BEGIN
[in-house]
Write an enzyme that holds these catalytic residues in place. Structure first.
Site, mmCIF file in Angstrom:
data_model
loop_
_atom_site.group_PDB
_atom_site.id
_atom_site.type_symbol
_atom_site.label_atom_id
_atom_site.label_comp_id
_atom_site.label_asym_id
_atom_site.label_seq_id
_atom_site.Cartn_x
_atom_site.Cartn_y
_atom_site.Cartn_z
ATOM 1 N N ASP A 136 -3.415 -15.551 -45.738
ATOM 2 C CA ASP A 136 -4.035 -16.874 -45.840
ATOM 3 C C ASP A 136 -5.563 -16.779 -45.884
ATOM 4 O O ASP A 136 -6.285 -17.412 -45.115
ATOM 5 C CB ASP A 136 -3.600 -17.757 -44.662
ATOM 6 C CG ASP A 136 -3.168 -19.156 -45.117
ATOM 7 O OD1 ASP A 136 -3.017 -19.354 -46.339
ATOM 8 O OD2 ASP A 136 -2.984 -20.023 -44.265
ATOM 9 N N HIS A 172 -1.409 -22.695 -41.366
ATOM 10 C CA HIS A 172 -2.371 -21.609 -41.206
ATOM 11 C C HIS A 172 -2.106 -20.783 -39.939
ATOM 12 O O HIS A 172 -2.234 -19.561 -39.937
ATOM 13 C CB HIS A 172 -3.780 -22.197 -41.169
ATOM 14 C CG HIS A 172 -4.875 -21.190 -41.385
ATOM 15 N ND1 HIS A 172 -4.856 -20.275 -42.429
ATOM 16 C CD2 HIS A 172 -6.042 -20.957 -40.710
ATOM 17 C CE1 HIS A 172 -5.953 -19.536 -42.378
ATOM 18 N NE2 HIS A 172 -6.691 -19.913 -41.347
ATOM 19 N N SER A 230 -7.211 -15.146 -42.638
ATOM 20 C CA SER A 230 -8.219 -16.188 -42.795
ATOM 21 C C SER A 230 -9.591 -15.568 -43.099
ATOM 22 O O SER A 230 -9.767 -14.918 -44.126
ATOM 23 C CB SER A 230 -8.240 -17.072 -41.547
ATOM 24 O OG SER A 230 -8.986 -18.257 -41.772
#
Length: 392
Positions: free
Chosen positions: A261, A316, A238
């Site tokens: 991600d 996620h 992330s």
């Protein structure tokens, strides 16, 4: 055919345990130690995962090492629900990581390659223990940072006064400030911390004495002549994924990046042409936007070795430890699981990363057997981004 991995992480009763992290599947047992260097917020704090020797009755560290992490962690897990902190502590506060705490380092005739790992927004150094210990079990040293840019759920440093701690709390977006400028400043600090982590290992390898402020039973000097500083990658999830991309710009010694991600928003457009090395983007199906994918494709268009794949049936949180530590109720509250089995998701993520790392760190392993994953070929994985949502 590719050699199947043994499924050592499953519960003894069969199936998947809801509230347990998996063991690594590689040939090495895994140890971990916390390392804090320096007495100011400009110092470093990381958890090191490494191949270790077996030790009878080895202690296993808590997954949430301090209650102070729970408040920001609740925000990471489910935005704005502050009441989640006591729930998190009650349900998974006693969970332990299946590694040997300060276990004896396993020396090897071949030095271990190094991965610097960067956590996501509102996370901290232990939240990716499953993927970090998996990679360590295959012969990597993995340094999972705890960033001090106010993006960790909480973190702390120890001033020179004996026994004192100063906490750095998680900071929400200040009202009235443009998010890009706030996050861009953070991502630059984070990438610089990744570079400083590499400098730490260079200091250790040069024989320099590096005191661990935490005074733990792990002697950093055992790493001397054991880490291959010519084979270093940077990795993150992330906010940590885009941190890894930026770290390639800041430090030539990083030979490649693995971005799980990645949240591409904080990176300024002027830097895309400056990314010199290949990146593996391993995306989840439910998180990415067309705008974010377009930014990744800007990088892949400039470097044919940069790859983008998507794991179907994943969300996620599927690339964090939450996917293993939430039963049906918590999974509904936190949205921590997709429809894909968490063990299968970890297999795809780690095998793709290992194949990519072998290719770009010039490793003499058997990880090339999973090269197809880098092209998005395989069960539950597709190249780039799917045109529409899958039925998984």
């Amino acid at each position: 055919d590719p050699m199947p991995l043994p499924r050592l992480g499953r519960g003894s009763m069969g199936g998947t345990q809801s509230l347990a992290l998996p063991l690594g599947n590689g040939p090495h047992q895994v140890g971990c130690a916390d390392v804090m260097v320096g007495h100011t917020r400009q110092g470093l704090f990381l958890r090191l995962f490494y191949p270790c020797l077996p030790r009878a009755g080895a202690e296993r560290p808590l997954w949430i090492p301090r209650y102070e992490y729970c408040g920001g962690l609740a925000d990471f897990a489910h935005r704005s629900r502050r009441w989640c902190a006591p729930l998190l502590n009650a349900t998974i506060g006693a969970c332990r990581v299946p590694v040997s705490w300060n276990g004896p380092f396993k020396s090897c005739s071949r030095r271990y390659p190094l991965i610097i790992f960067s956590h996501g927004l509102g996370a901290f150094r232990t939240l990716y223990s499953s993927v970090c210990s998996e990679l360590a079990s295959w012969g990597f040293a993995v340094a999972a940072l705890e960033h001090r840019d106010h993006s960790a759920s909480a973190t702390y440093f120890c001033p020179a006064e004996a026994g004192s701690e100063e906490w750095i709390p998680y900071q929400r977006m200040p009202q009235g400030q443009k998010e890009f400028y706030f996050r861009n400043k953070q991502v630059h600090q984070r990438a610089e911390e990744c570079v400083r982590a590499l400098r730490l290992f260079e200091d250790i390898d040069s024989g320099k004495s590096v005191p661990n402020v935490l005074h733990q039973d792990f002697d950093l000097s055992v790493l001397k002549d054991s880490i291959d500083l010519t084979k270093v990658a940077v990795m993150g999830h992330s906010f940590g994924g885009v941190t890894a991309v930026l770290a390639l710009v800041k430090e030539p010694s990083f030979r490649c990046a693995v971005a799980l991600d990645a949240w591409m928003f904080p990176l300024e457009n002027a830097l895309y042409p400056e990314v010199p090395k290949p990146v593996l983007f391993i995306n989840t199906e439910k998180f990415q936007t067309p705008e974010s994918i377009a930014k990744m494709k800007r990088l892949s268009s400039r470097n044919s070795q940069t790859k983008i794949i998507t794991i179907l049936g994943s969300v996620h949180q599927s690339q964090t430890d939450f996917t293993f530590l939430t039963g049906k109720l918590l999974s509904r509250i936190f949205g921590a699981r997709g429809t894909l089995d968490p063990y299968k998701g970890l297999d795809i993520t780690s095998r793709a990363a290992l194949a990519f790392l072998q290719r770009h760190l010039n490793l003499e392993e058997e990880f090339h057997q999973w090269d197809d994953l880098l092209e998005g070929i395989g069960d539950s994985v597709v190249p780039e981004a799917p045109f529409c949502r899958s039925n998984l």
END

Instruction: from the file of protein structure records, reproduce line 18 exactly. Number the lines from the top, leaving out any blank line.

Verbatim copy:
ATOM 3 C C ASP A 136 -5.563 -16.779 -45.884